All in the Timing - David Ives

996 WordsApr 4, 20114 Pages
All In The Timing The plays of David Ives are certainly clever and comic. There is no doubt that Ives gives us inventive scenarios that smartly use language and test our knowledge before we chuckle. But what does it all mean, anyway? What do we gain from the techniques he uses in the one-act plays of All in the Timing? Are they meaningful works, or simply highfalutin vignettes? To answer these questions, let’s consider three of his plays: “Words, Words, Words,” “Variations on the Death of Trotsky,” and “The Philadelphia.” By examining these works, it will be clear that the devices Ives uses do little more than facilitate the telling of humorous sketches, and that they don’t generate any substance or lasting meaning. “Words, Words,…show more content…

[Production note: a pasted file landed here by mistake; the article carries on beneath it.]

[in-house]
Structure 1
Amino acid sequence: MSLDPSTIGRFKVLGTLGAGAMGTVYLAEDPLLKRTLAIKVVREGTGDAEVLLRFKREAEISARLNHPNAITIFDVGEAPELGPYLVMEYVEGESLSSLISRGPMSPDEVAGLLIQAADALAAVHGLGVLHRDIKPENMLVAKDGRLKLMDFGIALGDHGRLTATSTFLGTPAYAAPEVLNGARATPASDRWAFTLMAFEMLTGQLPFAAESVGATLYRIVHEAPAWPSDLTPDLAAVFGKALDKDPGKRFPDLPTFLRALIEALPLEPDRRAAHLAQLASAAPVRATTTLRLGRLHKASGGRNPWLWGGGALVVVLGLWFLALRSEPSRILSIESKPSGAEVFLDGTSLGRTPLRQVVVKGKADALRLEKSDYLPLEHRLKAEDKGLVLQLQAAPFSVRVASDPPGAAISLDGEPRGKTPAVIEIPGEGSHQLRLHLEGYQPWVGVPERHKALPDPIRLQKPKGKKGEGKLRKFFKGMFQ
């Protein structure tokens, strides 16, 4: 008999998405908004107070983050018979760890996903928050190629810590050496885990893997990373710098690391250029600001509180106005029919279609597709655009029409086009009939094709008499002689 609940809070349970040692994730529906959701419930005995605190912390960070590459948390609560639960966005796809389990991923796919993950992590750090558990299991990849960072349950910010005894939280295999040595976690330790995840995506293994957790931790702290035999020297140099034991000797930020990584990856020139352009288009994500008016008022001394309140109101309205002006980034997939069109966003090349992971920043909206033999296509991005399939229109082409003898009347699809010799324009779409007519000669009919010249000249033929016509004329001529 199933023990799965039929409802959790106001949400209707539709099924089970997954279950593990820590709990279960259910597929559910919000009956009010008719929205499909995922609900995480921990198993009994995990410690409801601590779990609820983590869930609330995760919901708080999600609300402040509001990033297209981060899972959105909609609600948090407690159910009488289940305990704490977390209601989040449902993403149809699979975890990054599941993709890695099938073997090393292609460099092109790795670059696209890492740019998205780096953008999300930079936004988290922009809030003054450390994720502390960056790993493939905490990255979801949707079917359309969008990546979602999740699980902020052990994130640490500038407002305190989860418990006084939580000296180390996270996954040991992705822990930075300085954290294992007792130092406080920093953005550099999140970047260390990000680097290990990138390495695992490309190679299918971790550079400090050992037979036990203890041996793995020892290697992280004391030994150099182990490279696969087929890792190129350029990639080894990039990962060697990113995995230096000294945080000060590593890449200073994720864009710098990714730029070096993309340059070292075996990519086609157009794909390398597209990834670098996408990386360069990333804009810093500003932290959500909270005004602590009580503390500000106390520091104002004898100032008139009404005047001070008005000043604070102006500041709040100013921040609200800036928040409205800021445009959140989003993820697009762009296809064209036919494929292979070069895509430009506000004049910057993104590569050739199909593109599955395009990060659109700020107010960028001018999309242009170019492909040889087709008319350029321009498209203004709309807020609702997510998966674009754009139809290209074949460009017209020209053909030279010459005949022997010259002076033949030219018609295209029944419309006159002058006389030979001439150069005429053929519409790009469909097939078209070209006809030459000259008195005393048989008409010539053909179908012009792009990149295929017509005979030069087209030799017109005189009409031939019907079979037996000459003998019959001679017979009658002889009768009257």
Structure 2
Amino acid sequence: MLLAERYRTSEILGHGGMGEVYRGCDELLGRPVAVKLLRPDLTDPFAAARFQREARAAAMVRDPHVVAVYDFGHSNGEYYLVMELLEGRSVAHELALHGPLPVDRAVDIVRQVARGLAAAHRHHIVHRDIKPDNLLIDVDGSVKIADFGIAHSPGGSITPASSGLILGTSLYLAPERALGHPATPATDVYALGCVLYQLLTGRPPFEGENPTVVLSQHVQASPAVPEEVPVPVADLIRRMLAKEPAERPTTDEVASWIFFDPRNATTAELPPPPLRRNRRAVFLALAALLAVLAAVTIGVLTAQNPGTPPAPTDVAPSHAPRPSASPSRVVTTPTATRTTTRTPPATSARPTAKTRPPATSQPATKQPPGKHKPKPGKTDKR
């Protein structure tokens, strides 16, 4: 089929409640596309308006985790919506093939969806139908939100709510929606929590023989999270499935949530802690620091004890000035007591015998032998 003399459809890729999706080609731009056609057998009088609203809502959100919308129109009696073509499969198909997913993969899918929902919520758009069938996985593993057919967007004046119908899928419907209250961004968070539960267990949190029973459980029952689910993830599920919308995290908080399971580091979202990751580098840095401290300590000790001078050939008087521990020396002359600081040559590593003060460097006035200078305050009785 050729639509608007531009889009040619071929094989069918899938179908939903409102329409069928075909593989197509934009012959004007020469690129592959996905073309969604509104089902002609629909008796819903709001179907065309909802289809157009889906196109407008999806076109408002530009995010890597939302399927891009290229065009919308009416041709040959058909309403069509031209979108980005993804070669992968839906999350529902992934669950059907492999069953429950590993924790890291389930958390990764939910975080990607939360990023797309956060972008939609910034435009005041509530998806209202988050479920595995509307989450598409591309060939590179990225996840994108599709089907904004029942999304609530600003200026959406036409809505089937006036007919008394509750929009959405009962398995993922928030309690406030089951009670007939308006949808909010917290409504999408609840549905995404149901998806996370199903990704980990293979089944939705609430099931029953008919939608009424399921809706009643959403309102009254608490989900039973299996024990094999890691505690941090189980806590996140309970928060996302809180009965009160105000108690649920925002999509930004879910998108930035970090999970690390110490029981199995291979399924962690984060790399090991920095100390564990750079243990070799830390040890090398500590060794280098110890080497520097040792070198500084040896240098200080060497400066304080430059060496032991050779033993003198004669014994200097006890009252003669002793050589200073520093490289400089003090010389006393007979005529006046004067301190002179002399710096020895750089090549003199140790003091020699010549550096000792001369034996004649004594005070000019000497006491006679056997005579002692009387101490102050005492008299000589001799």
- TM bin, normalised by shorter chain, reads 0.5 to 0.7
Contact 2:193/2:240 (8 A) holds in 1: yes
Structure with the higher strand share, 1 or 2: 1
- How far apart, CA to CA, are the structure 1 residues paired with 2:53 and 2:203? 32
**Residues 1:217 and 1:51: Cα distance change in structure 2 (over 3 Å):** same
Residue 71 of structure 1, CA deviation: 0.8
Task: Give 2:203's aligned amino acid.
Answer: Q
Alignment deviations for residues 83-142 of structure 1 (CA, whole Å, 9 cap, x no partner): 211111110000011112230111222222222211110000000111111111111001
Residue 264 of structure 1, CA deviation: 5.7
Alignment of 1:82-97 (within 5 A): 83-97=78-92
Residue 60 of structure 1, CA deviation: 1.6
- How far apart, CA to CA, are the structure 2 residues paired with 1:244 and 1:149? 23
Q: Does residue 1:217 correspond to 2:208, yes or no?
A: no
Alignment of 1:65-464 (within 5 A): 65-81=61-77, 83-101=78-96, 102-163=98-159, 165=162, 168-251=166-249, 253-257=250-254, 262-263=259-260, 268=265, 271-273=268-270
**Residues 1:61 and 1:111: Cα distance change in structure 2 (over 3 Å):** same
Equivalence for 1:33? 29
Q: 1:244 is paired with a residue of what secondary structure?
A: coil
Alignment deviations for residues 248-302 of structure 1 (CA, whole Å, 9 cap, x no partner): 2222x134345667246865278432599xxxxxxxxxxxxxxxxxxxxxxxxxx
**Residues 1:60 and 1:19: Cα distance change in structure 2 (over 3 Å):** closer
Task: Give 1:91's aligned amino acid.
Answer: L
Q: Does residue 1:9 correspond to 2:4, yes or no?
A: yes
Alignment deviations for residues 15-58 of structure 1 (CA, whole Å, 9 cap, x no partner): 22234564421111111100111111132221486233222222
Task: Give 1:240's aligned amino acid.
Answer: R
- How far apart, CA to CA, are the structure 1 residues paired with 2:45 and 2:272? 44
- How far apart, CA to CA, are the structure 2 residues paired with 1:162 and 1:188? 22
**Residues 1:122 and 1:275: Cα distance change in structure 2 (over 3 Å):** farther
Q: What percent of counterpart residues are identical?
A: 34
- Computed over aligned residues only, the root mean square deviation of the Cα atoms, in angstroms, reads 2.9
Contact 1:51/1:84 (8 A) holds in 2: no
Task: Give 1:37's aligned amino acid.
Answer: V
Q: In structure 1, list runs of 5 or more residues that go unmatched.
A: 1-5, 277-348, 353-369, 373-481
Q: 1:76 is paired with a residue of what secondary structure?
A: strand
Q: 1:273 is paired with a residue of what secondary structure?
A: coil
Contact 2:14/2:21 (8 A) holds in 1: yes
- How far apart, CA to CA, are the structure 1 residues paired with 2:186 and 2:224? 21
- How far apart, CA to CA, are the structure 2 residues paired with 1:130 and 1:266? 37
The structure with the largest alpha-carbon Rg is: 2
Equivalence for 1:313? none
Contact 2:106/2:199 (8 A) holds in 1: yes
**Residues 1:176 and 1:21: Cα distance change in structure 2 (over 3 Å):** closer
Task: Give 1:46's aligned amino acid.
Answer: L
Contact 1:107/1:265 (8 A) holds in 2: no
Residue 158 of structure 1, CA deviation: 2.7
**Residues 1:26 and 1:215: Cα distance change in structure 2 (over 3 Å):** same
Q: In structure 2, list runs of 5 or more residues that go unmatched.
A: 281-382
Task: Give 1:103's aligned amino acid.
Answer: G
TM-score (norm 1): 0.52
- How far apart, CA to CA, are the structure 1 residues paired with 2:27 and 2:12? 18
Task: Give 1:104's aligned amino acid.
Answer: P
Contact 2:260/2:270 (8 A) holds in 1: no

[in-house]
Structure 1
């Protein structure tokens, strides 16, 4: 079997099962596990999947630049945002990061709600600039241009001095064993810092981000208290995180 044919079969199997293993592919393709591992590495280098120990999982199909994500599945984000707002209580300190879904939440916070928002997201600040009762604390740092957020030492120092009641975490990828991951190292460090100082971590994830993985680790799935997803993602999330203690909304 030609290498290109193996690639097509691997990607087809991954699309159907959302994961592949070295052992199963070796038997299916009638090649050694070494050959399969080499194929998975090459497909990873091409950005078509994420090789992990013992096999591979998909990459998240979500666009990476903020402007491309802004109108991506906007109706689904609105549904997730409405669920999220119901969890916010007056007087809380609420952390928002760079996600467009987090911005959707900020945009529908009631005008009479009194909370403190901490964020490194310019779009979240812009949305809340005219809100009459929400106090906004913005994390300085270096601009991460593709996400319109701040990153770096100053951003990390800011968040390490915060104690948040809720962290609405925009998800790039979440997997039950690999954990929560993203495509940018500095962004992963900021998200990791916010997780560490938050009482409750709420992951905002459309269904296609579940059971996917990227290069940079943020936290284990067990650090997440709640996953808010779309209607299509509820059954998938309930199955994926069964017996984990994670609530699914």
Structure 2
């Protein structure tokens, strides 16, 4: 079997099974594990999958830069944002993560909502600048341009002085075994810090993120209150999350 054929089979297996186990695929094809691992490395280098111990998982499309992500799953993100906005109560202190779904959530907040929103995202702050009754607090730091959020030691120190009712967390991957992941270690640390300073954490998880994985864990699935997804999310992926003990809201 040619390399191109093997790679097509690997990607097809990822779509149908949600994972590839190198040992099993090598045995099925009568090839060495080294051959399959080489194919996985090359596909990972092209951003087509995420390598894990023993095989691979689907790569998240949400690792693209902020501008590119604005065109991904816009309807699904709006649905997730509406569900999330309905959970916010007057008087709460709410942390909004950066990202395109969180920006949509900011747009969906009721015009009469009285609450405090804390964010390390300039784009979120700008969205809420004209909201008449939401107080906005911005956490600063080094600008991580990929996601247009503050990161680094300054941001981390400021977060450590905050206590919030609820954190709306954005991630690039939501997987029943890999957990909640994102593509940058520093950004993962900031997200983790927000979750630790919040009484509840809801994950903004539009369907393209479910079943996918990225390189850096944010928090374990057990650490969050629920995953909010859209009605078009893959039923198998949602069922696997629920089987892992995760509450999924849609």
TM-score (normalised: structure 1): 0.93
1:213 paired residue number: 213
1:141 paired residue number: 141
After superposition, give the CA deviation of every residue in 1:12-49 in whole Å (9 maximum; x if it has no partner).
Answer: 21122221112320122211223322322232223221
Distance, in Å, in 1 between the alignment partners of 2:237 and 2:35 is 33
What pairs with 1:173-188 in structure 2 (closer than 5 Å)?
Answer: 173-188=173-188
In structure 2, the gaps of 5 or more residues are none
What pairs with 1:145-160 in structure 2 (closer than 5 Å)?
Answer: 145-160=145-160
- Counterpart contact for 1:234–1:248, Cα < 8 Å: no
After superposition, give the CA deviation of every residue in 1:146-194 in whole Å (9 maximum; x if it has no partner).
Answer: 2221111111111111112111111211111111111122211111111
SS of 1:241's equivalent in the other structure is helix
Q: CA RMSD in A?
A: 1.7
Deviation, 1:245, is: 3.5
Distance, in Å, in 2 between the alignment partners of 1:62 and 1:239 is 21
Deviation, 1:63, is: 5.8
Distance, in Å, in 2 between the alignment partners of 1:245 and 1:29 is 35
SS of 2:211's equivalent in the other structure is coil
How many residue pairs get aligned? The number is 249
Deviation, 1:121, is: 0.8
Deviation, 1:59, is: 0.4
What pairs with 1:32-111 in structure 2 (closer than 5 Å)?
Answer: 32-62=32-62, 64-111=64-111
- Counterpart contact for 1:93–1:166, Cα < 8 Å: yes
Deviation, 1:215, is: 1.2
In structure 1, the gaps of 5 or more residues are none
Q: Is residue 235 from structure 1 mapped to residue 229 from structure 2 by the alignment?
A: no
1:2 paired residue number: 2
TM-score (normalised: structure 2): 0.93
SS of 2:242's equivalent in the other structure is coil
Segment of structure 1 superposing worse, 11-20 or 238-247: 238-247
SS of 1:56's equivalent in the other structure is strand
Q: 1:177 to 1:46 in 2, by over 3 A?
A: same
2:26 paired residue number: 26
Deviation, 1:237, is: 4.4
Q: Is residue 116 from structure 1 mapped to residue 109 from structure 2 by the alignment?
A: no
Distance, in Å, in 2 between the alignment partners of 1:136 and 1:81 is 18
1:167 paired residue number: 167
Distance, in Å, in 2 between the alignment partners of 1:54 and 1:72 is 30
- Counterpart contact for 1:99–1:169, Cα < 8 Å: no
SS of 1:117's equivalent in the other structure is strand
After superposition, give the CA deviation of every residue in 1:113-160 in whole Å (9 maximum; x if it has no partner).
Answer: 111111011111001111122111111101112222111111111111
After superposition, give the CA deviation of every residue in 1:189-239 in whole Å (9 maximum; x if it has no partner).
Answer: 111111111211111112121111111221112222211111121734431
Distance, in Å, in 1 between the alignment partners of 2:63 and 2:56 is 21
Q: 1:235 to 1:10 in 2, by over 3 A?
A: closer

Another very clever play, “The Philadelphia,” attempts to explain the pitfalls and denials of life as the result of metaphysically falling into another city and another state of mind. It opens with Al, who is happily in a Los Angeles; and then in comes Mark, stuck in a state of punishment: a Philadelphia, where “no matter what you ask for, you can’t get it” (72). This is an intriguing explanation for life’s problems, and one that provides a handful of laughs. It also offers us some interesting thoughts on language, and how effective it is in the world. For we’ve all had days when it seems the words we utter are powerless. But in the end, the play seems more like a comedy sketch or skit that fails to give any insight into life – other than the chance to laugh. Not that laughing isn’t of value, but it doesn’t prove that Ives’ approach has brought any great meaning into the play. How many times can this play be watched or read before its novelty wears off? In conclusion, it’s certain Ives’ work is intriguing and full of wit. What is in question is if the techniques he uses achieve a greater, lasting meaning in his plays. What’s clear is that these techniques are inventive and clever, but that they don’t generate any truly meaningful plays that people can return to again and again and get something more, something new each time. It’s interesting that “Words, Words, Words” parodies Hamlet, which is a play that is unquestionably meaningful. Hamlet is a play that

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